Published On: Mon, Mar 23rd, 2020

Be like Oblomov

Same dog - different hat - Hilbert Haar - 20180912 MJGHBy Hilbert Haar

Amazing the things you discover when you are locked up in your house. It’s not that I’m bored but I found out that the balcony in front of my bedroom is 22 tiles long and ten tiles wide. Each tile measures twenty by twenty centimeters. Do the math: my balcony is 8.8 square meters.

In the living room and kitchen area the tiles are 30×30.  With 34 tiles in length and 12 in width this space is almost 38 square meters. And then I have a bedroom of – wild guess – 20 square meters and a bathroom of roughly 8 square meters. Altogether it adds up to almost 55 square meter.

I know: useless information. From my balcony I look down on a beautiful blue-tiled swimming pool that is also completely useless because at the orders of the Malaysian government it has been closed down until the end of March.

In my temporary apartment in Johor, at pissing distance from Singapore, I sometimes wonder why the hell I had to start traveling under the conditions that currently have the world flat on it back. Then it starts raining and I remember: the climate here is much more bearable than in Siem Reap in Cambodia, the place where I have lived for more than a year and where I plan to return (if it is at all possible) by May 1. The temperature in Siem Reap goes through the roof this time of year – easily reaching 42 Celsius and even slightly above – while in Johor I’m blessed with a mild 30 degrees and soft afternoon rain.

That heavenly water does not bother me: I’m not allowed to go to the pool anyway.

St. Maarten’s birdwatcher Binkie van Es gave me an idea when he posted on Facebook that he is learning Portuguese with an app called Duolingo. Hmm, time to throw myself on Khmer, the language of the Cambodians? No cigar: Duolingo offers free online courses in thirty languages but Khmer is not one of them.

And so I remain stuck indoors. The Dutch consulate in Siem Reap mails regular updates for expats wanting to return to the Netherlands. Great service but it is not important for me because I do not intend to go to that country.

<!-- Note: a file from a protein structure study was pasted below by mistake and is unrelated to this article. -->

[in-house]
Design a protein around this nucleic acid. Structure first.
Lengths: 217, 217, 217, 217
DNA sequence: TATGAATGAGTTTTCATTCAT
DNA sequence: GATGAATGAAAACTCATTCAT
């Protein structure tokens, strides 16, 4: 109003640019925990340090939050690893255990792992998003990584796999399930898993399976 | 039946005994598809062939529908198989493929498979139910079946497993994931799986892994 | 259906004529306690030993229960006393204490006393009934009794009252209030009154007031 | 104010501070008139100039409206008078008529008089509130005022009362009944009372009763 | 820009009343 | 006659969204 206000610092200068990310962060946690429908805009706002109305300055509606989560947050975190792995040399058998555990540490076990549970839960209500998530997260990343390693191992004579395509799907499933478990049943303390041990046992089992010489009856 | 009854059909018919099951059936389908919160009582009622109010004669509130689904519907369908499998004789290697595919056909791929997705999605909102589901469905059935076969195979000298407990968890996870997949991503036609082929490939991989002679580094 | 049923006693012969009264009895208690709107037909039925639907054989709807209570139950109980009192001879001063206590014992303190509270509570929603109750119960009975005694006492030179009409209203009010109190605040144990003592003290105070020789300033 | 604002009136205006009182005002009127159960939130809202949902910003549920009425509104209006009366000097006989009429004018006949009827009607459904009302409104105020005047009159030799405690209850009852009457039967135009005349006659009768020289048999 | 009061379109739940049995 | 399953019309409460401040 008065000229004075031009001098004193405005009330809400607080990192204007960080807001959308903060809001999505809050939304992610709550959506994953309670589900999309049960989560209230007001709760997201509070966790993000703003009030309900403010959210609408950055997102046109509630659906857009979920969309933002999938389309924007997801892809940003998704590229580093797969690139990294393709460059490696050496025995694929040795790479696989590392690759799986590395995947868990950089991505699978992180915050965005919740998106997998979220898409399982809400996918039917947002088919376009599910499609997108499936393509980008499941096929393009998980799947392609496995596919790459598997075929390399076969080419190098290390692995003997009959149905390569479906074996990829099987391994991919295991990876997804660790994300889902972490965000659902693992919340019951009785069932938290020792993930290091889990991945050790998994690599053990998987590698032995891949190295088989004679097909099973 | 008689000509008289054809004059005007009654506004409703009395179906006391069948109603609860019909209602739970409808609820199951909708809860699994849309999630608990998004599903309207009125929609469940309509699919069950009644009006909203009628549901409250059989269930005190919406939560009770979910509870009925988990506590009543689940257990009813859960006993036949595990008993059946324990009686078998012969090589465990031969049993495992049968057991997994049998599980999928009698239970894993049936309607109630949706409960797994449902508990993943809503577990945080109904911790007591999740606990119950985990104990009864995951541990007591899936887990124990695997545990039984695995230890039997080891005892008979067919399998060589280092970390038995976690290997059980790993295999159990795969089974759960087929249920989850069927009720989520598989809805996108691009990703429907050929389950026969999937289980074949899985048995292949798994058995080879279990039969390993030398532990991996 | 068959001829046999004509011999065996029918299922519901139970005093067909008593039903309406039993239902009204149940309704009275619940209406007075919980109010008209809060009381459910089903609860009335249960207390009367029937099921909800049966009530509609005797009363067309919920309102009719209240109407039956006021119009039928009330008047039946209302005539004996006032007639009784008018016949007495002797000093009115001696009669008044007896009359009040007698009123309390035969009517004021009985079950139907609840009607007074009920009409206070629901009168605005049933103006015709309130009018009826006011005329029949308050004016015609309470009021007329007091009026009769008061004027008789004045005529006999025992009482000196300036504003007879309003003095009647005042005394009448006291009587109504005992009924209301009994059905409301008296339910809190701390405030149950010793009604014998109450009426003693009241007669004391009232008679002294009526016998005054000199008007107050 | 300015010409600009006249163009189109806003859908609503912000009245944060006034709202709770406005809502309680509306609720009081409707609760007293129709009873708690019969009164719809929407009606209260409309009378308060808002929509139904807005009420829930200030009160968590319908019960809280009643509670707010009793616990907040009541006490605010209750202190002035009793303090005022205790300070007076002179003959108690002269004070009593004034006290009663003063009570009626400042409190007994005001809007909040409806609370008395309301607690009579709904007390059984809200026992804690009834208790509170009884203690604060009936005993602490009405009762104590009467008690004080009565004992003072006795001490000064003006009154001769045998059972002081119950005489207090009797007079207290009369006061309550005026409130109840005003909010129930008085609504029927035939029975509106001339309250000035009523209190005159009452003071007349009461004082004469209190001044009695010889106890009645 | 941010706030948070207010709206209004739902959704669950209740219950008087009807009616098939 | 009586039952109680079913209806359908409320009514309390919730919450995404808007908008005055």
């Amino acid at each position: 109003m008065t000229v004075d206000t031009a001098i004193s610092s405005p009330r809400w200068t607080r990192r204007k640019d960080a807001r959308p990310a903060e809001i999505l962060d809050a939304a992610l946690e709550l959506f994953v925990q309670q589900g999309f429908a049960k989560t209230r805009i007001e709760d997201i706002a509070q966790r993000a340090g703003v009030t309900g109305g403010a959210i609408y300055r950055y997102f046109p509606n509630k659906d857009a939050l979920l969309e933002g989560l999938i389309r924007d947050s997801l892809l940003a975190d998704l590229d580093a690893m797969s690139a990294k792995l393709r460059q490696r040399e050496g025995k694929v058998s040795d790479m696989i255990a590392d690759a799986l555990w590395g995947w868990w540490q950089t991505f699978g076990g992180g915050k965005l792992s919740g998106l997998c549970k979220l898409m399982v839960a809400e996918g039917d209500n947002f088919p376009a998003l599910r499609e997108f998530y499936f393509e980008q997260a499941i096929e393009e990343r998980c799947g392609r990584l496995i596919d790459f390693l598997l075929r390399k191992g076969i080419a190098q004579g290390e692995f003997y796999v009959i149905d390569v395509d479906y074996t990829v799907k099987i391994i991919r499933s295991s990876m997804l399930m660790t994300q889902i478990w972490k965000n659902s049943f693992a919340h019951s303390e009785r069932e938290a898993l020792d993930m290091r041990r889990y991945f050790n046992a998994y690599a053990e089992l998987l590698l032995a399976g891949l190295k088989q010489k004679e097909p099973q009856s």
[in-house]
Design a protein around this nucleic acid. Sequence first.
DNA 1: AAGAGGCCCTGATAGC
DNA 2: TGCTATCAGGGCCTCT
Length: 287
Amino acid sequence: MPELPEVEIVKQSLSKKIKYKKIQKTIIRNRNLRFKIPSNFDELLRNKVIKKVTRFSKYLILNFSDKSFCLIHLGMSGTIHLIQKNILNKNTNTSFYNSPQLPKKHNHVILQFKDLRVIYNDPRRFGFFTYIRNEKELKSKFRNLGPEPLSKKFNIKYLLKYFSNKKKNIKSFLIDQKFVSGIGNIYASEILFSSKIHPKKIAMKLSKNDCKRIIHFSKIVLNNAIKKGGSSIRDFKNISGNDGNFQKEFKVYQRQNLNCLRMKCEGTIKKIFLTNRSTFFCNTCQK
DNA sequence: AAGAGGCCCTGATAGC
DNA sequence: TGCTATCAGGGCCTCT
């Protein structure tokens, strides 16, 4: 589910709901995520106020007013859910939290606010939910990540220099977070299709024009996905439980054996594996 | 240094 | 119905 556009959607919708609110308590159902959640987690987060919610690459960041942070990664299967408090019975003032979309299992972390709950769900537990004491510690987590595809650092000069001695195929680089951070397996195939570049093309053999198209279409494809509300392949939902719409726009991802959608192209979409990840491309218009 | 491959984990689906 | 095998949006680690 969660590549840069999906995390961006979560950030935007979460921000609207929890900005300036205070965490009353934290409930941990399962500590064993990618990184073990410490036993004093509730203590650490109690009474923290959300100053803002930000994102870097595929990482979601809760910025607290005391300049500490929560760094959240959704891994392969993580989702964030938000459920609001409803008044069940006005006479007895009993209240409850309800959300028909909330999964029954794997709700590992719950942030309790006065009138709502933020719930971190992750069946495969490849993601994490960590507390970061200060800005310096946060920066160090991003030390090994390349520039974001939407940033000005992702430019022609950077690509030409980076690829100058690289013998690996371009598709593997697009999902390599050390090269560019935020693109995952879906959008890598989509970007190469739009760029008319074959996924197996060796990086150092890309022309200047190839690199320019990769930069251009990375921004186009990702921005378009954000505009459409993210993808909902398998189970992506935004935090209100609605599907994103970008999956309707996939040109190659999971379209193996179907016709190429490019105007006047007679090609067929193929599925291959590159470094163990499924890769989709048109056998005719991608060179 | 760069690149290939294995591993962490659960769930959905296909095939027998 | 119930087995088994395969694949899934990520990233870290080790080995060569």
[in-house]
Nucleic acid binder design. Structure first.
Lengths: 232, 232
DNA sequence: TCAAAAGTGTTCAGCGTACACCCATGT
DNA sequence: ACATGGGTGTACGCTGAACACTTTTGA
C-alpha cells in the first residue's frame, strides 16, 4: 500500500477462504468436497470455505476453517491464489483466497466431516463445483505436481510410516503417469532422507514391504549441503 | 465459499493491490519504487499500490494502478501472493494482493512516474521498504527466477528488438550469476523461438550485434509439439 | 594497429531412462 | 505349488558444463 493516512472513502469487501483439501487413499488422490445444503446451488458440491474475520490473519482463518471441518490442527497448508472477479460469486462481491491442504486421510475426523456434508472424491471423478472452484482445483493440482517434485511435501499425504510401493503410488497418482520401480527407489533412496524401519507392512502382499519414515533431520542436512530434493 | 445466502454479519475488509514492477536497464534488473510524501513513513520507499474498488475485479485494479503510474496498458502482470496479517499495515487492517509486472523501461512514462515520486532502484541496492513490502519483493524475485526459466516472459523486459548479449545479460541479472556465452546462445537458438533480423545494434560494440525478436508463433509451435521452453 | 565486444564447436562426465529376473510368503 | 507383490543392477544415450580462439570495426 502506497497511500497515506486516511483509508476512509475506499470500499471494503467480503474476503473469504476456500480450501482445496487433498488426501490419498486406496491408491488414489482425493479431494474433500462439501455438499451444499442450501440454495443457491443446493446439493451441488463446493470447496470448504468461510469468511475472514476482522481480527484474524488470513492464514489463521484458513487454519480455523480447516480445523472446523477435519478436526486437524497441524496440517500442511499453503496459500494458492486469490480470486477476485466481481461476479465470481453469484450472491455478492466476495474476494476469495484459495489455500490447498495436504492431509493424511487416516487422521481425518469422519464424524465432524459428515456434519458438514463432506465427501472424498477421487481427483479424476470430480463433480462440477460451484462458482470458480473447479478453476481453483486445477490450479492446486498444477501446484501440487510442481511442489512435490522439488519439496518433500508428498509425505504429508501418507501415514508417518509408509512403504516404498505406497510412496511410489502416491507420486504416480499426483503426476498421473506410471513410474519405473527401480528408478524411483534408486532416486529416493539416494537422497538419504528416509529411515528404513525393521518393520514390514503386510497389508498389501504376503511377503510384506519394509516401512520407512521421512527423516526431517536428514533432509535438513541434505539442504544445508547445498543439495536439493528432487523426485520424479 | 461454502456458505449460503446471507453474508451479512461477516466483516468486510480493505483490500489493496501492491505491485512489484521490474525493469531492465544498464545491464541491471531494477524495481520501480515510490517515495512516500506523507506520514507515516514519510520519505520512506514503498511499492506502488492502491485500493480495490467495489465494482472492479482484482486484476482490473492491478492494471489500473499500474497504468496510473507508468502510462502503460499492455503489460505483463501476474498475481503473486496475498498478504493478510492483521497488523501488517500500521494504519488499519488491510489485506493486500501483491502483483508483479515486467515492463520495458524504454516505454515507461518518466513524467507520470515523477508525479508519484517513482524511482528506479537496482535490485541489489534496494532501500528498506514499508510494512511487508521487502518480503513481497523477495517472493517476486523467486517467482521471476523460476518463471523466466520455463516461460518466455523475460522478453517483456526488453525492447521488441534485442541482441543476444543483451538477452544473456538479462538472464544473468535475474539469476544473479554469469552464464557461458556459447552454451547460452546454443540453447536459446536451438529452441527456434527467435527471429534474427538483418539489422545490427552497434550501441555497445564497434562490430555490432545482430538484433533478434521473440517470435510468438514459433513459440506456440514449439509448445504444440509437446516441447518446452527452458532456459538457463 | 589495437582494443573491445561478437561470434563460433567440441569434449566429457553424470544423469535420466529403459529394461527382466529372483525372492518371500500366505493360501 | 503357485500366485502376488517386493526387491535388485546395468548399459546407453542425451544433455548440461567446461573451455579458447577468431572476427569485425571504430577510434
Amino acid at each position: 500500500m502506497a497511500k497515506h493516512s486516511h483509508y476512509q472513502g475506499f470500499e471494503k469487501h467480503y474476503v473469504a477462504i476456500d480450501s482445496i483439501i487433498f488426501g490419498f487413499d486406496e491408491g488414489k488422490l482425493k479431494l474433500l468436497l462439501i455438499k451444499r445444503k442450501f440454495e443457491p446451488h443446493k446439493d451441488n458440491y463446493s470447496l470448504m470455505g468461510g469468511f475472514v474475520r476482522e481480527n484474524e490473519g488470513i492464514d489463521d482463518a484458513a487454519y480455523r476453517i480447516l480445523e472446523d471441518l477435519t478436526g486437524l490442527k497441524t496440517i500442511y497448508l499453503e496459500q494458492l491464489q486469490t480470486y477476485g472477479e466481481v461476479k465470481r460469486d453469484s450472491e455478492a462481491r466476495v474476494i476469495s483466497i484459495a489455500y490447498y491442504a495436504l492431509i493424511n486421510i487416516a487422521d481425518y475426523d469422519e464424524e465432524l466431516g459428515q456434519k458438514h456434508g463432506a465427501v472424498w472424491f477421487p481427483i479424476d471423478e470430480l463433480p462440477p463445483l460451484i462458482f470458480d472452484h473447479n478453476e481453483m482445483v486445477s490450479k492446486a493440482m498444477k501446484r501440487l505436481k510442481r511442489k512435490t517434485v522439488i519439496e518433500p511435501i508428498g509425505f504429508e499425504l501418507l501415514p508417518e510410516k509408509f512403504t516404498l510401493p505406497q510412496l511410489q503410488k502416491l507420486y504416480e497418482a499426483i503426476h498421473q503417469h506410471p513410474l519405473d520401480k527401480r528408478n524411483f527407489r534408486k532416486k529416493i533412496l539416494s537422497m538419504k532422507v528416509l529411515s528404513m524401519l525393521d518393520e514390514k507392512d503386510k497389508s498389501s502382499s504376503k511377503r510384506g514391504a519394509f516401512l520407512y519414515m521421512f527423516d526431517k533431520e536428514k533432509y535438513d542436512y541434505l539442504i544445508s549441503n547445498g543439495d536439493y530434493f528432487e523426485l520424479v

I read books, mostly brain-dead fiction, to pass the time. I don’t have to buy them or even go to a library. My Kindle holds more than 45 pages of books I bought in the past and I find rereading them from the bottom up a rather pleasurable experience.

Every now and then we call a Grab for a ride to the Midvalley Mall in Johor, a huge shopping paradise. Most stores are closed of course but the Village Grocery – a huge supermarket with an incredible assortment of organic produce – is open. Those Grab-rides are ridiculously cheap if you keep in mind that a trip to the airport in St. Maarten quickly sets you back, like, $25. Here I pay for a ride that is maybe a bit shorter just 6 to 10 ringgit – anywhere from $1.44 to $2.40.

What else is there to do? My mind has been crawling towards a work in progress: Kill Steve Miller, the already announced sequel to my first thriller The Ultimate God Conspiracy. The story is well underway but somewhere along the road I dropped the ball. I comfort myself with the thought that it took the Russian writer Ivan Goncharov ten year to complete Oblomov back in 1859.

As a writer I am not in Goncharov’s league, far from it, but as far as taking my time one could argue that I’m a close cousin. And I like Oblomov-character: in the first fifty pages of the novel he moves only once from his bed to a chair. That’s my guy! I thought when I read the book for the first time.

In these challenging times (sorry for the cliché) it behooves people to be like Oblomov. You don’t have to stay in bed all the time, and you don’t have to write a book (you could always learn Portuguese), but for God’s sake, stay home if you know what’s good for you and your fellow earthlings.


Oblomov cover

Click here to order Ivan Goncharov’s book “Oblomov” online